AQA GCSE Chemistry

Revision Notes

7.2.2 Combustion of Alkenes

Combustion

Combustion of Alkenes

  • These compounds undergo complete and incomplete combustion but because of the higher carbon to hydrogen ratio they tend to undergo incomplete combustion, producing a smoky flame in air.
  • Complete combustion occurs when there is excess oxygen so water and carbon dioxide form e.g:

C4H8           +          6O2       →      4CO2       +         4H2O

butene      +      oxygen    →  carbon dioxide   +  water

  • Incomplete combustion occurs when there is insufficient oxygen to burn so a mixture of products can form, e.g:

C4H8     +          4O2          →        4CO           +         4H2O

butene      +      oxygen    →  carbon monoxide   +  water

  • In addition to carbon monoxide, carbon in the form of soot can be produced:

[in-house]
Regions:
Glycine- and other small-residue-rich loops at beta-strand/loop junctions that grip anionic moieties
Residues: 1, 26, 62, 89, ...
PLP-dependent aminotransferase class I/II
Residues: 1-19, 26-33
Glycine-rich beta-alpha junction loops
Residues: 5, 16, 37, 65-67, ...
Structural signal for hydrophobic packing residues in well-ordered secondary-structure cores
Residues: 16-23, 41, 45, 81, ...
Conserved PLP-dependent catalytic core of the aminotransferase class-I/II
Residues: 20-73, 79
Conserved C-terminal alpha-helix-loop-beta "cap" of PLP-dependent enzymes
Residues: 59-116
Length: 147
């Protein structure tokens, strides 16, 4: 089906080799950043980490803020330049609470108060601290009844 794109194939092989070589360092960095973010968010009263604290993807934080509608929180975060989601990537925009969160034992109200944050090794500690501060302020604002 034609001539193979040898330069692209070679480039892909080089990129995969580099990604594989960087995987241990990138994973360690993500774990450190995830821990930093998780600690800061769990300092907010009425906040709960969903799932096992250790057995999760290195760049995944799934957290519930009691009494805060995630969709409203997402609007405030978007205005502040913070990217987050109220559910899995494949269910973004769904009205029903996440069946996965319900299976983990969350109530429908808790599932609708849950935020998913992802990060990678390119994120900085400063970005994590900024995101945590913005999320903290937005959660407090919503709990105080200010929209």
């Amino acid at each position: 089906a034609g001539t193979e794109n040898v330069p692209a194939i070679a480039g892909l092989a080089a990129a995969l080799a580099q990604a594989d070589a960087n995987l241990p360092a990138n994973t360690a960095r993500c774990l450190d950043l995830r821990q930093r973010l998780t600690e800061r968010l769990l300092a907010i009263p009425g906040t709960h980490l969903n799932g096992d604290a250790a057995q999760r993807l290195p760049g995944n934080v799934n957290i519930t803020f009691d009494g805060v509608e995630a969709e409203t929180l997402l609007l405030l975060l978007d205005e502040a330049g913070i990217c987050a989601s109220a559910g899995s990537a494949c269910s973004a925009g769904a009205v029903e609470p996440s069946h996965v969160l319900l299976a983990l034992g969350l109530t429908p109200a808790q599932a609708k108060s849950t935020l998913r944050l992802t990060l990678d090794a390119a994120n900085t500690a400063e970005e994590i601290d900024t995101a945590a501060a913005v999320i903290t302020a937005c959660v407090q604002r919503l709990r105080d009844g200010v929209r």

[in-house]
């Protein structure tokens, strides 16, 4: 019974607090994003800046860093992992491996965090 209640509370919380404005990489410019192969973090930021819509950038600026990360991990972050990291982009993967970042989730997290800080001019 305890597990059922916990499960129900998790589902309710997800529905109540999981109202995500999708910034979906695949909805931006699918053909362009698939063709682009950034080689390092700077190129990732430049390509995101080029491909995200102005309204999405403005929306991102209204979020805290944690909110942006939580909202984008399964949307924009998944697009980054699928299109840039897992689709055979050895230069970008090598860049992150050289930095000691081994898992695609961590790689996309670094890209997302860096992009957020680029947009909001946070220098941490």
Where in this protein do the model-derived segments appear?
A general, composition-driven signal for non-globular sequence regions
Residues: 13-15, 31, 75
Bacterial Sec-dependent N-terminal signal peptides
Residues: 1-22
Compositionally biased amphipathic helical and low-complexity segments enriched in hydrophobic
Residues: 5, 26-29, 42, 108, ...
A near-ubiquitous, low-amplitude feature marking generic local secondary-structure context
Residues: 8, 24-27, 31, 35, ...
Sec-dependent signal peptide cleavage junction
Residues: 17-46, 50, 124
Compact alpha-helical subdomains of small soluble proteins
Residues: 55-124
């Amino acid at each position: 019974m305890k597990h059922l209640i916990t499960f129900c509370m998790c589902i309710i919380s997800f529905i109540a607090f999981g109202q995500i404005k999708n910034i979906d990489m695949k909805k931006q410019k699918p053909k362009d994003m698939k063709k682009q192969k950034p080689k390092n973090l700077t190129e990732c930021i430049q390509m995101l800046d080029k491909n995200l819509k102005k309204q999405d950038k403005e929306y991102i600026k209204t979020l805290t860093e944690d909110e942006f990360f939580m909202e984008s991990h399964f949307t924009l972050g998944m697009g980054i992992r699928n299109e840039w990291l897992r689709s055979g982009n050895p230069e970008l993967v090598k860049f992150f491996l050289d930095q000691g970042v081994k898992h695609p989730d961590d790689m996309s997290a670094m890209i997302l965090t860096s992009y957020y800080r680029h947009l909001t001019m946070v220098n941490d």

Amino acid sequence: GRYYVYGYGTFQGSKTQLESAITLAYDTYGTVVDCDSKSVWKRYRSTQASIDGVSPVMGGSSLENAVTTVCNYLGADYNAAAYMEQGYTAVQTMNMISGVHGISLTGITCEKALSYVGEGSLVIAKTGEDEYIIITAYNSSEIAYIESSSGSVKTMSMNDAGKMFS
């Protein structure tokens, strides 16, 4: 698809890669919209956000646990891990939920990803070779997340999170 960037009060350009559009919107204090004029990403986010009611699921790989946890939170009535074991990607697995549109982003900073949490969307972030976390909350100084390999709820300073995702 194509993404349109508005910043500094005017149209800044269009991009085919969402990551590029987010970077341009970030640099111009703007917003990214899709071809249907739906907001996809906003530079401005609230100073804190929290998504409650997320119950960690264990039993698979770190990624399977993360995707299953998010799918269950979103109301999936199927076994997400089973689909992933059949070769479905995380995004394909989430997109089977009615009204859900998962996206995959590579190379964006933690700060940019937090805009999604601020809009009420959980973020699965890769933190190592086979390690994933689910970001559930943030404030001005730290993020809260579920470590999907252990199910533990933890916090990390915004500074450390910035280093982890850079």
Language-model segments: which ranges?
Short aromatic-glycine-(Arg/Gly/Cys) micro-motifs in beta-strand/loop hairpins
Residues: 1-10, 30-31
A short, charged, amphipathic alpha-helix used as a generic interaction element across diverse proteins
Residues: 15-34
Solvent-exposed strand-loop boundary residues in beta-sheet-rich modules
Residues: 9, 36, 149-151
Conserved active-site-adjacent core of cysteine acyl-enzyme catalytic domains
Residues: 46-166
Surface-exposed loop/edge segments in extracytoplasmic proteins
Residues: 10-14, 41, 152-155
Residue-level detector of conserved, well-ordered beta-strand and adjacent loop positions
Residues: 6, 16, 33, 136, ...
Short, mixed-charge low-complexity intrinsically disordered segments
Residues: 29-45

C4H8     +          2O2          →        4C           +         4H2O

butene      +      oxygen    →  carbon   +     water

  • This is more likely to occur in higher alkenes with larger number of carbons
  • This is seen as smoky yellow flames when the alkenes burn

Exam Tip

Smoky flames indicates a higher carbon to hydrogen ratio in organic molecules, such as alkenes.

Author: Francesca

Fran has taught A level Chemistry in the UK for over 10 years. As head of science, she used her passion for education to drive improvement for staff and students, supporting them to achieve their full potential. Fran has also co-written science textbooks and worked as an examiner for UK exam boards.
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